re-arranging it a little...

and we write highlighted part of the equation as the following

re-writing it...

--------------------------- (equation 2)

Now this equation looks little be similar to Laplace equation. Only highlighted part is problematic.

Now let us use our creativity and out of nowhere this thought comes into our mind that why not write

and when we partially differentiate it with respect to x, we get our problematic term.

so lets substitute this in our equation number 2 and with it the equation becomes the Laplace equation in x_{t}-z plane.

This is also a continuity equation for an isotropic soil in a fictitious x_{t}-z plane.

What we did here is, we transformed the anisotropic soil medium, medium which has different properties in different directions, we transformed it by scale transformation in the x direction to obtain isotropic medium, which has similar properties in different directions and for which the Laplace equation is valid. We did so as to construct the flow net and find solutions to our engineering problems in anisotropic soil.

Now, for this new transformed section we can draw the flow net by following the method of constructing the flow net.

As we have transformed this section to isotropic the flow net for this section will have orthogonal intersections of flow lines and equipotential lines with all its fields being elementary elementary squares.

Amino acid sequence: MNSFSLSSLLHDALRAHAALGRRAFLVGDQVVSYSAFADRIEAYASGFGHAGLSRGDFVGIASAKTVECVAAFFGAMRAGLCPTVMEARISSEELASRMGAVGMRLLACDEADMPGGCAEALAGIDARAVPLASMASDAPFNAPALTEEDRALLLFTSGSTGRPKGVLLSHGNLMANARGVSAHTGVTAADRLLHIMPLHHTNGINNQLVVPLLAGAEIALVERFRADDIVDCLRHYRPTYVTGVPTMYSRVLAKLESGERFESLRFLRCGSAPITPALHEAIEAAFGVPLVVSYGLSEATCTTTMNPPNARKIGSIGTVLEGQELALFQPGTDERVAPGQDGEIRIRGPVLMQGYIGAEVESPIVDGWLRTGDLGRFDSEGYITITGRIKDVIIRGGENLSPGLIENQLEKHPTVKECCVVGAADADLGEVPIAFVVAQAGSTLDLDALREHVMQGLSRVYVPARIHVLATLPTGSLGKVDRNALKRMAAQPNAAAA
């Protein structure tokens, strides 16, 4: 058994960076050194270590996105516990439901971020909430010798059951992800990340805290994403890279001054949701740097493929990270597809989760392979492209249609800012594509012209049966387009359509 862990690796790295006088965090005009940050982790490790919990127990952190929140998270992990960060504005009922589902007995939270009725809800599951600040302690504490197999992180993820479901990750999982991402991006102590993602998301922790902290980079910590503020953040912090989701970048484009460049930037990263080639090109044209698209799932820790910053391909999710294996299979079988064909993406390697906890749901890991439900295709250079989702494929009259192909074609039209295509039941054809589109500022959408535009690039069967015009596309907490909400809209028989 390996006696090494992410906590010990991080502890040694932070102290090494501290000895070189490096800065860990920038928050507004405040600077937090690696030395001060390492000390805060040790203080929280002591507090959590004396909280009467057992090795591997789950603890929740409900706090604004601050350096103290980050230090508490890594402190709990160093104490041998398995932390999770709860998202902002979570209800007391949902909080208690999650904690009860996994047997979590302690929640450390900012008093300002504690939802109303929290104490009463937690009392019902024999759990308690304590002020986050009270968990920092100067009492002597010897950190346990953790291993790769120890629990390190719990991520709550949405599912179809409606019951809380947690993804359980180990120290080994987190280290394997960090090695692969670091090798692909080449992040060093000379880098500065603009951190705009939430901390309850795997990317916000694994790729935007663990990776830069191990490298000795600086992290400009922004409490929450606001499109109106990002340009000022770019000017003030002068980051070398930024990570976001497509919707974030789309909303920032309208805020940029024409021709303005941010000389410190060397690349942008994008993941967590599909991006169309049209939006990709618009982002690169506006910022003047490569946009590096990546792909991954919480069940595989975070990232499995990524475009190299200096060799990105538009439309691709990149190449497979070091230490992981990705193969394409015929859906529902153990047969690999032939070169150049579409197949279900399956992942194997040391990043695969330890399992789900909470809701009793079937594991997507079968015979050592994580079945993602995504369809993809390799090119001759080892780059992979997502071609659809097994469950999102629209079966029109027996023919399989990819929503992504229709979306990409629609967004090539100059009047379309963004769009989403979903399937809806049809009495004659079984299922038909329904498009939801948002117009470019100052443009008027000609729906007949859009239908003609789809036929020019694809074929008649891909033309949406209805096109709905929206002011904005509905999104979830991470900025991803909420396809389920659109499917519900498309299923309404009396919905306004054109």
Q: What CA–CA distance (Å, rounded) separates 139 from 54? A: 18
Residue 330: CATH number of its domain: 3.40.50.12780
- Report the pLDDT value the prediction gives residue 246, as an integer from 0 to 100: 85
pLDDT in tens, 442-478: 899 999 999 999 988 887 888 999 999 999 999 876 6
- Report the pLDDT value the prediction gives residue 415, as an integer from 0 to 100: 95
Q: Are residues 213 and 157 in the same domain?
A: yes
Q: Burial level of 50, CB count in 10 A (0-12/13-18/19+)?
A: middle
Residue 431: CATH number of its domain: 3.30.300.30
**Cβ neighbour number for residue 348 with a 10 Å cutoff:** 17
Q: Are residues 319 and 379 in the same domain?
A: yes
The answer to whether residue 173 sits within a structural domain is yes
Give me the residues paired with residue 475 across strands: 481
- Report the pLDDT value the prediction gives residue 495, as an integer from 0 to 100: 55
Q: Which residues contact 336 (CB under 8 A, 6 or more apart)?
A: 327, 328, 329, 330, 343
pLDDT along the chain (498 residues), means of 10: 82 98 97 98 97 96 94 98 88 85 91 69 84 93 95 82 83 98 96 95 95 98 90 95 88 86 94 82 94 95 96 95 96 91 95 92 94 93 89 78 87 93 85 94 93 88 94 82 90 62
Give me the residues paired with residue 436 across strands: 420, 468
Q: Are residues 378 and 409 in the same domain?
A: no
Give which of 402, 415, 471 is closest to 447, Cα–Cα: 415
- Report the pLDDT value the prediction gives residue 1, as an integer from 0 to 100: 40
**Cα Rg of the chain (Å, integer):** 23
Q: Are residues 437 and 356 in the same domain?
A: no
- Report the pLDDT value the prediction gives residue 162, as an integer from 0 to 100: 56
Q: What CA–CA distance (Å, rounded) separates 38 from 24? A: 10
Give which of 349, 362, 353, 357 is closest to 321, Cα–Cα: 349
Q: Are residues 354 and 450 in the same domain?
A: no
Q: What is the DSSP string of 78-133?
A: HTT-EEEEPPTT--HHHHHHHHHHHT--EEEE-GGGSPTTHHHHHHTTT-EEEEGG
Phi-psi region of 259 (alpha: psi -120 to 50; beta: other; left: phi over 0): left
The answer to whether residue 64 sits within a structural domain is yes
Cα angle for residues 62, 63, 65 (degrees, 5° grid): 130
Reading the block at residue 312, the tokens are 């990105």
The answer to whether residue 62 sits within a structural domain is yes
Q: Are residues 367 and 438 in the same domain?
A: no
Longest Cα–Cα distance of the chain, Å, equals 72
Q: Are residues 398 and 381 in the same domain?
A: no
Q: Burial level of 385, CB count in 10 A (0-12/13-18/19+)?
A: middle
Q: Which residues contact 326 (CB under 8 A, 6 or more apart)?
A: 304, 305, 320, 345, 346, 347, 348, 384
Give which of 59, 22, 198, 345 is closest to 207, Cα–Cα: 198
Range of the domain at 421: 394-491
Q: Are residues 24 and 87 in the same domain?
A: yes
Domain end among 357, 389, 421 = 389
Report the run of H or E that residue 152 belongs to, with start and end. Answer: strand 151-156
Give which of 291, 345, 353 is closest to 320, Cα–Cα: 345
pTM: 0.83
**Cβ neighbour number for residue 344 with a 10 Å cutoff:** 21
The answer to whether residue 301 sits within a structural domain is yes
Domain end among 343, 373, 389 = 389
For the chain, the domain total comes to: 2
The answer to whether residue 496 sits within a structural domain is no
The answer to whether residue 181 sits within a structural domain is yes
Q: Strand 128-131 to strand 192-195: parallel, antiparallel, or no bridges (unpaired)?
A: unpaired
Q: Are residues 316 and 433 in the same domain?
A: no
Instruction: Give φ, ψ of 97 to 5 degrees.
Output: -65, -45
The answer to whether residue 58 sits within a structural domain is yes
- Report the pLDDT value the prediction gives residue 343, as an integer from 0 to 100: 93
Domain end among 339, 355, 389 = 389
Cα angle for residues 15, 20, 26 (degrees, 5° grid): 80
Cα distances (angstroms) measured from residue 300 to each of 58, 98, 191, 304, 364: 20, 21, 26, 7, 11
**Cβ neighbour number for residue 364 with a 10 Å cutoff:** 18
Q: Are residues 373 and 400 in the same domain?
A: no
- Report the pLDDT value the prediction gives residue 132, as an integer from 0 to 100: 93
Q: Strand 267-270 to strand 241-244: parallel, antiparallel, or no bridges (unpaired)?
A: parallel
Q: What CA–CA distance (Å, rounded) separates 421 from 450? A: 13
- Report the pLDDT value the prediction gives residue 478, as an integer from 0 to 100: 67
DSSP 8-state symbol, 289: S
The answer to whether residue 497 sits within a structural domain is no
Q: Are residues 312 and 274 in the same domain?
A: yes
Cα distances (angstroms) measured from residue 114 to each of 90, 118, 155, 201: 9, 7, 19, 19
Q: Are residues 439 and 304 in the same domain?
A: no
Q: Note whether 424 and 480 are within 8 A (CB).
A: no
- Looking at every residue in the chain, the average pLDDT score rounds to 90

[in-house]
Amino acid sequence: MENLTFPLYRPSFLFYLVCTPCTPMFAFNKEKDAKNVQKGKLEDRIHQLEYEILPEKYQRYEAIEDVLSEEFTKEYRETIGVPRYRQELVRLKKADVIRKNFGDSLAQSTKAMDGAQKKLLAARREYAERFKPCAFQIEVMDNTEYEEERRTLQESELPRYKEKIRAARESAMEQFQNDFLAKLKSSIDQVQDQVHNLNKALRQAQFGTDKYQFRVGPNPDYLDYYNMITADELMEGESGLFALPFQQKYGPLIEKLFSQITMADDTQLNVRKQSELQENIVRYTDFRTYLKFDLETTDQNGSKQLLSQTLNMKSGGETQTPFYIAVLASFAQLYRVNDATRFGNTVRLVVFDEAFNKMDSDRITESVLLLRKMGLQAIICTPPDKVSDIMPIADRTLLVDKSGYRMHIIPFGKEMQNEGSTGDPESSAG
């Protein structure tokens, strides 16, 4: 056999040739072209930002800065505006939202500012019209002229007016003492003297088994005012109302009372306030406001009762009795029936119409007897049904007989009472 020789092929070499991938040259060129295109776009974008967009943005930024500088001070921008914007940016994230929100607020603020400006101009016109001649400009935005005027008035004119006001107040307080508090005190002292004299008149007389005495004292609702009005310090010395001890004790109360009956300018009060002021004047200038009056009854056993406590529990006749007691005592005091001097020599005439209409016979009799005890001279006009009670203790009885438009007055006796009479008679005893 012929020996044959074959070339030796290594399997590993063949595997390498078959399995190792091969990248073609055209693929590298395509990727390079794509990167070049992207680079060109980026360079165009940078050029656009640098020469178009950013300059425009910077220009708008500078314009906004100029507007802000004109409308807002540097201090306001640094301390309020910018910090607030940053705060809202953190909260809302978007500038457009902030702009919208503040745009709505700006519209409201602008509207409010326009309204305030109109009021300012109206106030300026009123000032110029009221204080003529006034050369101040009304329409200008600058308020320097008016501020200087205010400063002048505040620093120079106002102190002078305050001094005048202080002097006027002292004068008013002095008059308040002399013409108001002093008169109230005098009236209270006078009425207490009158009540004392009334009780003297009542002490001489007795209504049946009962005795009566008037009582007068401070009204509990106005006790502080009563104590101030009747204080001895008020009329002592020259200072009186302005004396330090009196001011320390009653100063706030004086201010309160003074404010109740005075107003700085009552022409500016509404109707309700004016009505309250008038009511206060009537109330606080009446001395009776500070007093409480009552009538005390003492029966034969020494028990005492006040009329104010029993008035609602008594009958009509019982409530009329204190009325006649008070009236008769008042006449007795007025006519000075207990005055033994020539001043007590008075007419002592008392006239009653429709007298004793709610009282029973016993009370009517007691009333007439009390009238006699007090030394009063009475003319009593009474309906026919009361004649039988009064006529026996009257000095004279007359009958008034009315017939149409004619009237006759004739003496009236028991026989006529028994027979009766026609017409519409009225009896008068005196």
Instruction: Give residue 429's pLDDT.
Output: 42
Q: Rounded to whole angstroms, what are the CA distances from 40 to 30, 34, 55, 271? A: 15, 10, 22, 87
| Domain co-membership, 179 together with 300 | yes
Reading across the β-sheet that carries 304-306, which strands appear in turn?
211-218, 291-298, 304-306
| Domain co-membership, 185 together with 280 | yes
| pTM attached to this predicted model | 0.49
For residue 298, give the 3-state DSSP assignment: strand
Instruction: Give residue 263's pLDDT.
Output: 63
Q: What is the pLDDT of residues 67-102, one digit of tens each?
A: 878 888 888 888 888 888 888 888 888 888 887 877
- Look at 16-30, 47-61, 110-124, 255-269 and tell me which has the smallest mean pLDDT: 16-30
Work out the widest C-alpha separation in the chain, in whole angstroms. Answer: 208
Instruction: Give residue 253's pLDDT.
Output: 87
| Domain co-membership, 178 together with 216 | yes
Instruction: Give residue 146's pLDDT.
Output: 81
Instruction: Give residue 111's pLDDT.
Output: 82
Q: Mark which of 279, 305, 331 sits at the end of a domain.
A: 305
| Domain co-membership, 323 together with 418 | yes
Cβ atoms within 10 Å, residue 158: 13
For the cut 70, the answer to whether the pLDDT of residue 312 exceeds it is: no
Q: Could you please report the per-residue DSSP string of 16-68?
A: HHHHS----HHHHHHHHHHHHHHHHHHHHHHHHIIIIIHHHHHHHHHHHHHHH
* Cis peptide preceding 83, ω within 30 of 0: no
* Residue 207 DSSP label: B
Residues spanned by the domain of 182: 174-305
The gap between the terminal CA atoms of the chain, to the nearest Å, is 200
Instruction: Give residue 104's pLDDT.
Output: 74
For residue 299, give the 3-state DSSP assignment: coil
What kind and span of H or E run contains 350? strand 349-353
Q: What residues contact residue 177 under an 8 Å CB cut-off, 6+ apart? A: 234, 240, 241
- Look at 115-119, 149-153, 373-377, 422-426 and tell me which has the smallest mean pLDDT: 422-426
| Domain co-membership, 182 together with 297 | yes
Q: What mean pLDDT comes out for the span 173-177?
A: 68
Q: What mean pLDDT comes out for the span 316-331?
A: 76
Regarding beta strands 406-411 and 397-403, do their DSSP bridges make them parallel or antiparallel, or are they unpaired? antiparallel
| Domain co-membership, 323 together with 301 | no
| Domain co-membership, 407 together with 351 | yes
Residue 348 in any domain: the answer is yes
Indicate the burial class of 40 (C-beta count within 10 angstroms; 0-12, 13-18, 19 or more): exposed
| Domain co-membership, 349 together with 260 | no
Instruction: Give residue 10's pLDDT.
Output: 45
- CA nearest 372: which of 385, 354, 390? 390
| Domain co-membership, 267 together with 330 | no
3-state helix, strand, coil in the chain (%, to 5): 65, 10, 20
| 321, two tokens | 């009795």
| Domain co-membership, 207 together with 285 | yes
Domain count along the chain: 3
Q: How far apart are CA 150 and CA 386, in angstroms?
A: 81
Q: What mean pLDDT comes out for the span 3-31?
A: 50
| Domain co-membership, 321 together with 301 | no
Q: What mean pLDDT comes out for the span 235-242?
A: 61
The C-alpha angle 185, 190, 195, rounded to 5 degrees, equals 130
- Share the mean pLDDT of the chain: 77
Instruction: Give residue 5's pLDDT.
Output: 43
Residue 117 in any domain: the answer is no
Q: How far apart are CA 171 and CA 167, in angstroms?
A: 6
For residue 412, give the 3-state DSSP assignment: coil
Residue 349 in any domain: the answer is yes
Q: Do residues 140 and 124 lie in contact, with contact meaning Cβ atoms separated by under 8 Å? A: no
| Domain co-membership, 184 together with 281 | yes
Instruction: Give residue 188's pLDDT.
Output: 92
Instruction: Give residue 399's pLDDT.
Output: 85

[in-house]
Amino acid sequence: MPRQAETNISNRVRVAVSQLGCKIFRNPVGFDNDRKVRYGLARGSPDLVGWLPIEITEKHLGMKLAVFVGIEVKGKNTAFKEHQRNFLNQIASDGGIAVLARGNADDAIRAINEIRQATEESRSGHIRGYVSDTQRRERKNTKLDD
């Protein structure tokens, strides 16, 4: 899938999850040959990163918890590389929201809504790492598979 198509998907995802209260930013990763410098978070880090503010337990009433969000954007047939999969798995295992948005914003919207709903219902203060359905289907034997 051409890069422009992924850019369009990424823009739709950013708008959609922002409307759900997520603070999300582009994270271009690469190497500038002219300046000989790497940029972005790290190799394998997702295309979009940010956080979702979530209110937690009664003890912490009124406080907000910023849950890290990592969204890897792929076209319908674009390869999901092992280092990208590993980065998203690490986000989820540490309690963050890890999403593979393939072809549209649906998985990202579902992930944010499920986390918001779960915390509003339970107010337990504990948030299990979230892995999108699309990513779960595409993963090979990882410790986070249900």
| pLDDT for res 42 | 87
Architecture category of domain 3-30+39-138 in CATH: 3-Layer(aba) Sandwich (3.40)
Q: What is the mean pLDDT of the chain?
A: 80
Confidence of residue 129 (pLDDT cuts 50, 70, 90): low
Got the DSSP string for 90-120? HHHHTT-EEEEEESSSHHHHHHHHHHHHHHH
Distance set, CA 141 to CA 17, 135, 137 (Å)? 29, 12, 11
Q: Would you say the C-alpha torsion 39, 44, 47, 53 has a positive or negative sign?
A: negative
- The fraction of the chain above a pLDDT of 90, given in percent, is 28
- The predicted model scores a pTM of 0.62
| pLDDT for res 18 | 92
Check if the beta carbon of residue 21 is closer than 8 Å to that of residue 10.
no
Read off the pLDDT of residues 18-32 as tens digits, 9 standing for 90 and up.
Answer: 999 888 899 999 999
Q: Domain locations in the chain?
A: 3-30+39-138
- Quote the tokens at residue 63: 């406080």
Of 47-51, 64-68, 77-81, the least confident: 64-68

Consider a flow field in the flow net across which the flow is taking place and let us show it as normal square for simplicity. The natural flow field is elongated but we have transformed it to a perfect square.

For the natural elongated section the coefficient of permeability in the horizontal direction is k_{x} and in vertical direction is k_{z}. While in transformed square section the coefficient of permeability is, say, k’ in both x and z directions because now the soil is isotropic and it has similar properties in both the directions.

lets say length and height of this elementary square is small b and that of natural flow field is a and b. we know a has been transformed into b so we can write a as square root of (kx/kz)) times b because if we remember we transformed the section this way only.

Since both are same sections, the quantity of water that flows through the section in both cases must be equal. So we can write quantity of water Q is equal to permeability of this section in this direction multiply by the cross-section area A multiplied by hydraulic gradient across this section i.

Q = kAi

Permeability in x direction is k’ and k_{x} for the respective sections. Area of the flow is height b and width lets say y.

Q = kAi = k’ (b.y) i = k_{x} (b.y) i

and If ΔH is the head loss across the field

so hydraulic gradient in elementary square is ΔH/b and in the natural flow field ΔH/b√(kx/kz).

solving this we get the effective coefficient of permeability applicable for our transformed section.

Now, that we have effective permeability of the transformed section, using the flow net the seepage quantity q can be computed from the equation that we have discussed in the flow net article.

Though the flow net on the transformed section does not present the correct picture of flow pattern. The true flow net can be drawn by re-transforming the section back to its original dimensions. On the natural cross-section, the flow net will not be composed of squares because the horizontal dimensions are elongated by the factor √(kx/kz), nor will there be orthogonal intersection between the flow lines and the equipotential lines.